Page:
Top-ranking US General Martin Dempsey issued a warning to the Senate Monday that military action in Syria is "no less than an act of war" likely to unleash "unintended consequences" that would bring harm to the world, as well as US troops, while costing taxpayers billions.
Dempsey delivered the warning in a letter addressing the Chairman of the Senate, after Senator John McCain vowed to block the general's reappointment over his perceived reluctance to send the US military into Syria.
It is the strongest statement against US military intervention in Syria to emerge from the Pentagon since the US has deliberated intervention.
With a nod to the brutal and long-term invasions and occupations of Iraq and Afghanistan, Dempsey stated that once the US gets involved in Syria it will be very difficult to leave and military invasion could "empower extremists or unleash the very chemical weapons we seek to control."
Dempsey declared that establishing a "no-fly zone" in Syria—which John McCain strongly supports—is estimated to cost approximately one billion dollars per month. Dempsey outlined risks that include "the loss of U.S. aircraft, which would require us to insert personnel recovery forces. It may also fail to reduce the violence or shift the momentum because the regime relies overwhelmingly on surface fires—mortars, artillery, and missiles."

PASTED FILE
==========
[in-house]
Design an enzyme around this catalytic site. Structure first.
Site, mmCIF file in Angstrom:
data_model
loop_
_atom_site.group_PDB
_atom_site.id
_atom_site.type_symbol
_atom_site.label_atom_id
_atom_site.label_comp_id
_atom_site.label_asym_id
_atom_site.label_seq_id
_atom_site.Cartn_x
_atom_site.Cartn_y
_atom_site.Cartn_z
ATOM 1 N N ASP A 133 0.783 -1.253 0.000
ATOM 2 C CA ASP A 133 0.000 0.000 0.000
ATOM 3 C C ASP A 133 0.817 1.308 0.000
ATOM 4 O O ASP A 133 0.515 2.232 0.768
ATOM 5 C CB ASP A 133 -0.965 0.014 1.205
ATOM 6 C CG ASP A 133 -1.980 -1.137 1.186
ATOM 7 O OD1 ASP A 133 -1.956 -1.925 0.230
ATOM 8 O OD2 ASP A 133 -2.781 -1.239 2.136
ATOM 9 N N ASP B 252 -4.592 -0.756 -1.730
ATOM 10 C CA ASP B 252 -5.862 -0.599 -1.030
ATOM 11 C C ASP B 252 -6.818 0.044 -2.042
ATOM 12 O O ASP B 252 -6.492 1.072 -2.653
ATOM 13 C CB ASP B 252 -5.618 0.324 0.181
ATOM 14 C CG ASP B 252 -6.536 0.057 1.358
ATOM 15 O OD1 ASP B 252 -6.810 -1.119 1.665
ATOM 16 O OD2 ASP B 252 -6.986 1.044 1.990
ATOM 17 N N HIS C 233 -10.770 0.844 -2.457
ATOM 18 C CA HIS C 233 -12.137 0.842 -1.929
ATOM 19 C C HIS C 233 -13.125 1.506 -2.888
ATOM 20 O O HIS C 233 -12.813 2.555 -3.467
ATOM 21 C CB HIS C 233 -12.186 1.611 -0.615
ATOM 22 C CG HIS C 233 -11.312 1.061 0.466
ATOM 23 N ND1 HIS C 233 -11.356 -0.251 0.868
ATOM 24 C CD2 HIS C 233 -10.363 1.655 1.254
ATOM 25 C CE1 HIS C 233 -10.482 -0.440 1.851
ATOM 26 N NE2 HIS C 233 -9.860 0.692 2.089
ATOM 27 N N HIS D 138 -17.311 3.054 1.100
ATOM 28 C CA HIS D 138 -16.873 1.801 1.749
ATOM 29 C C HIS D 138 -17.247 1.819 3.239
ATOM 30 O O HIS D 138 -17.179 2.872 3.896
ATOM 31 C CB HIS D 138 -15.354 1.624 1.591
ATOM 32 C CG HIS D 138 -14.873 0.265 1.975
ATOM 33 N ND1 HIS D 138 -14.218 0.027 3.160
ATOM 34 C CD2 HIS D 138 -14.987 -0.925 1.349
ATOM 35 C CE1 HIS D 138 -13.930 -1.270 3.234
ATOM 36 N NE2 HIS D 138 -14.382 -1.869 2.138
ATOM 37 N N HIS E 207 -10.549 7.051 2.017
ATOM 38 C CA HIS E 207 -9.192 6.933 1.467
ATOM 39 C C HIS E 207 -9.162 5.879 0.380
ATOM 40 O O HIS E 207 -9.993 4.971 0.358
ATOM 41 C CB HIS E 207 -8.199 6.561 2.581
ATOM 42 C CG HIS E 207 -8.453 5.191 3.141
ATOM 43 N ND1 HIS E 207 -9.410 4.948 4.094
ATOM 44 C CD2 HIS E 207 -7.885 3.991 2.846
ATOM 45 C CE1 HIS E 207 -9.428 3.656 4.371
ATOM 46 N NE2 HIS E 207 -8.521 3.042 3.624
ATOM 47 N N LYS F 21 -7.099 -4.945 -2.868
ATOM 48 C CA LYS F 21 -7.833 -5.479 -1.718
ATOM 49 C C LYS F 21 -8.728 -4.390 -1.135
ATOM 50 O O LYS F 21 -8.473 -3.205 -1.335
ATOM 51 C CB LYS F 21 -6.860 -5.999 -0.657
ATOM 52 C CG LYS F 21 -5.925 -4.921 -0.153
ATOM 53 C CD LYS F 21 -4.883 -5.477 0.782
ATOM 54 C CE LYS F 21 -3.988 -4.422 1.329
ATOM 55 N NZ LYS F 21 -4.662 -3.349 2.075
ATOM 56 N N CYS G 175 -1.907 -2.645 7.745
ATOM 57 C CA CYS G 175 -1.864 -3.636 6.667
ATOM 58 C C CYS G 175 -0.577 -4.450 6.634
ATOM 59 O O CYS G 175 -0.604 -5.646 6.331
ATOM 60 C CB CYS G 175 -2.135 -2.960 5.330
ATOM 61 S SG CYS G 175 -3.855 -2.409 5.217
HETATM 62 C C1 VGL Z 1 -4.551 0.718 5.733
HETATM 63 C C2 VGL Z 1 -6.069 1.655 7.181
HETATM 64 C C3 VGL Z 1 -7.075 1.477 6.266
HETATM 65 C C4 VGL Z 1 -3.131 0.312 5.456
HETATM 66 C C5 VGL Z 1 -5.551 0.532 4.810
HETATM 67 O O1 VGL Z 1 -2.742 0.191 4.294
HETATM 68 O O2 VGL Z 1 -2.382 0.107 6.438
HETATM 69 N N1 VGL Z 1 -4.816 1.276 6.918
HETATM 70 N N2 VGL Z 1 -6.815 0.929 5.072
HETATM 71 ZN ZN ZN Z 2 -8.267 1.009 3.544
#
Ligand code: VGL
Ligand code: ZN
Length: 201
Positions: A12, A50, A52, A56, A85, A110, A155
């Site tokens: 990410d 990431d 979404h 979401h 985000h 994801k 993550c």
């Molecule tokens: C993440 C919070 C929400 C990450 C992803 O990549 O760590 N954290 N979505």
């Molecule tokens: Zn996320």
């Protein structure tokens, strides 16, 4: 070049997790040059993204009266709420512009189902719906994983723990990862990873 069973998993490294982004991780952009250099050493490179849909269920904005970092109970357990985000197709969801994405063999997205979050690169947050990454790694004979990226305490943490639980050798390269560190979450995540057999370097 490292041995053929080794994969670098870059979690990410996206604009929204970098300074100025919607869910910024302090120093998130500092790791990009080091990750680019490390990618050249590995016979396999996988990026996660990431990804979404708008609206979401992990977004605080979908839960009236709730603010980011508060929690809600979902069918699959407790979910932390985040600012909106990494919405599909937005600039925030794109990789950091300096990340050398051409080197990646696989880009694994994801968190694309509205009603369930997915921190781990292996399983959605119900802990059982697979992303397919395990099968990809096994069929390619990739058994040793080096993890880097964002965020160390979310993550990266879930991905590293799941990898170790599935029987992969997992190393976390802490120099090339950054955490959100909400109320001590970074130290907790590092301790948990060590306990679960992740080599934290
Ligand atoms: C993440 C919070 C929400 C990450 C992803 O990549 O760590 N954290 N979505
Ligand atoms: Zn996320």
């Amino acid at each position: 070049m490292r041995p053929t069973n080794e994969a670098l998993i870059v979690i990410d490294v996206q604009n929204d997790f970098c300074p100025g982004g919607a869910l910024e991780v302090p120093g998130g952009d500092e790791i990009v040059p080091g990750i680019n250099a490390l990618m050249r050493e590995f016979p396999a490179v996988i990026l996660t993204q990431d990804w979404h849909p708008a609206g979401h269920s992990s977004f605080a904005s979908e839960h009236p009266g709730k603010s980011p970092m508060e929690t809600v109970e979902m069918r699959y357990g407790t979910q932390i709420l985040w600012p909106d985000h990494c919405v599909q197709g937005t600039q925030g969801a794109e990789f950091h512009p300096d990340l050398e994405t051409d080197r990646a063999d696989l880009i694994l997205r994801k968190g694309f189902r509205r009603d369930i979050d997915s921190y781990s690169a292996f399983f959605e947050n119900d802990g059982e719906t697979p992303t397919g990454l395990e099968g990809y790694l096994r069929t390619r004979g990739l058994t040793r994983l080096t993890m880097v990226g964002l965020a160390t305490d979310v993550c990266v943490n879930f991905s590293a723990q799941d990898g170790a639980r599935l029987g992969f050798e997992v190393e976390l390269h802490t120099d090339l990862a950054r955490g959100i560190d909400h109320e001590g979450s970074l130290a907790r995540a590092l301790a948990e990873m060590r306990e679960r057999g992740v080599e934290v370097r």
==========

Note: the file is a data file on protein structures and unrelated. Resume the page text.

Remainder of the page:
The statement came as House and Senate intelligence committees gave their final approval Monday to a shipment of arms to Syrian fighters against the Assad regime. The plan, introduced by Obama last month, was delayed by debates in Congress.
Last week, Dempsey stated that the Obama administration is considering direct military strikes in Syria.